We crossed The City for our next stop, Southern Pacific Brewing Company. (Truth is, we crossed The City many times on this day!)
The brewery is housed in a 10,000 square foot warehouse building in the Mission district and is named for the Southern Pacific Railroad line which once ran down Harrison Street in the early 20th century.
They’ve created a fun party space in the bi-level brewpub. Sara and I sat in the balcony to enjoy the meal we ordered at the bar. I had the Macaroni and Cheese with Pork Belly and an Extra India Pale Ale, while Sara sampled the House Burger with Sage Fries and a Belgian Wit. Both the food and the beer were tasty. I really enjoyed the XIPA.
City Beer is the premier beer shop in The City. They have an amazing selection, although I was a little disappointed with the selection of Bay Area/Northern California beers today. I left with only three bottles.
In addition to the bottle shop, you can also sit and have a pint or two in the tasting room which features fourteen beers on tap (no tasting here for me today).
I wanted to check out the new Speakeasy Tap Room, which debuted during the recent San Francisco Beer Week. It is fashioned after a prohibition-era speakeasy (naturally!), complete with the sliding-peephole on the door. It’s dark inside, but once your eyes adjust they’ll feast on the era-appropriate decor.
I was so excited to find they still had Green Death on tap, a brew the San Francisco Brewer’s Guild created for SFBW. It wasn’t as hoppy as I had imagined, but still a damn good beer.
I purchased several bombers (22-oz. bottles) of Speakeasy beers, including a barrel-aged Scarface Imperial Stout (I’m saving that for a couple years down the road).
I’d never heard of Tartine Bakery, but apparently it is one of the best in San Francisco. It’s located in a sign-less shop at 18th Street and Guerrero (we knew that was the place by the line around the block).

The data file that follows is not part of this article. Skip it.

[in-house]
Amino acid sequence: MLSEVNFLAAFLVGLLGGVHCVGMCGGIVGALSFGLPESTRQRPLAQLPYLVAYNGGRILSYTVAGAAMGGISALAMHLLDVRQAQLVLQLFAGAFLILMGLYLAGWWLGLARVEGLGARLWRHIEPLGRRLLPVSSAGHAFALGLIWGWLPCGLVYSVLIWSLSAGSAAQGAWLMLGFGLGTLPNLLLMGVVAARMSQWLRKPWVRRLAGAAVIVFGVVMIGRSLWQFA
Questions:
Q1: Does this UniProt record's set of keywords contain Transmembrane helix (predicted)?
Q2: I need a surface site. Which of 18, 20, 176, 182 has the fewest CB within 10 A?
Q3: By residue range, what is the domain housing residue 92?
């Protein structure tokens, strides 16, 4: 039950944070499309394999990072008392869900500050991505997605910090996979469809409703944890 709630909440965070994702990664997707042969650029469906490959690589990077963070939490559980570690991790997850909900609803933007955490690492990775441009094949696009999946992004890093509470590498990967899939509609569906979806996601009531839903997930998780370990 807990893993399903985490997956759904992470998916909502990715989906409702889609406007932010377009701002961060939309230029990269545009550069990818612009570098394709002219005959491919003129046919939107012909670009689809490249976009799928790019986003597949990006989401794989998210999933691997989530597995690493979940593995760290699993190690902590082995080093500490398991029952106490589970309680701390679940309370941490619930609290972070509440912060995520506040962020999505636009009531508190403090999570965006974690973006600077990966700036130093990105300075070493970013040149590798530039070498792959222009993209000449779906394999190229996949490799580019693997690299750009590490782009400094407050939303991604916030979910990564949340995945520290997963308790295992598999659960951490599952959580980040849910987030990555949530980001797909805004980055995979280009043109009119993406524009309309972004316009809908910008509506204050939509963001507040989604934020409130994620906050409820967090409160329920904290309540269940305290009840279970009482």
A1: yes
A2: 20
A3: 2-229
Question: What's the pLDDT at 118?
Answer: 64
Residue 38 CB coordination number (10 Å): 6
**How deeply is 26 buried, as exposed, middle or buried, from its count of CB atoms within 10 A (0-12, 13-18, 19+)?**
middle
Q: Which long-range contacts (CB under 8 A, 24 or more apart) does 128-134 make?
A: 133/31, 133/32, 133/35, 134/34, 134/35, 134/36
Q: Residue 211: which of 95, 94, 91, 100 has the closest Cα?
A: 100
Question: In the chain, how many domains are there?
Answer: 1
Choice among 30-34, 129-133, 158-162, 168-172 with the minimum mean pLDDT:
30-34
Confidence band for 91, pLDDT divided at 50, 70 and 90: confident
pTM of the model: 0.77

Parking was very difficult to find on this gorgeous Saturday afternoon in The City. I think it took almost a half hour, but my persistence paid off.
We waited our turn in line to get inside the shop. Funny, I expected it to smell more like, well, a bakery. I didn’t get those bakery scents.
We were there at 5 p.m., so unfortunately they were out of some of the treats we were interested in like the Coconut Cream Tart and Double Pain au Chocolat. We settled on a Lemon Tart and a Chocolate Tea Cake (both delicious). We shared them at a sidewalk table outside the bakery.
Dinner time! We headed across The City (again!) to Cow Hollow and ordered pizza at Pizza Orgasmica. We ordered a half Menage-a-Trois, half Serpent’s Kiss (or half Cheese, half Garlic & Chicken). All their pizzas have sexy, sinful names.
I enjoyed their award-winning IPA. Nice and hoppy, but not too overpowering.
We decided to end our day with another dose of art. I had heard about the new “light show” on the western span of the Bay Bridge so we headed down The Embarcadero toward the bridge.
It took us 75 minutes to get from Cow Hollow to the Bay Bridge. Apparently everyone else decided to do the same thing (how rude of them!).
It was definitely worth the wait. Sara said it looked like The Matrix. It reminded me of seeing the fountains at the Bellagio in Las Vegas for the first time. Millions of beautifully programmed LED lights forming different patterns and motions. Amazing. And the energy only costs $30 per day!!
I kept anticipating seeing the lights while we crossed over the bridge, but, duh, we were underneath going east!
It was such a great day for sharing art, beer and food in the company of my lovely wife.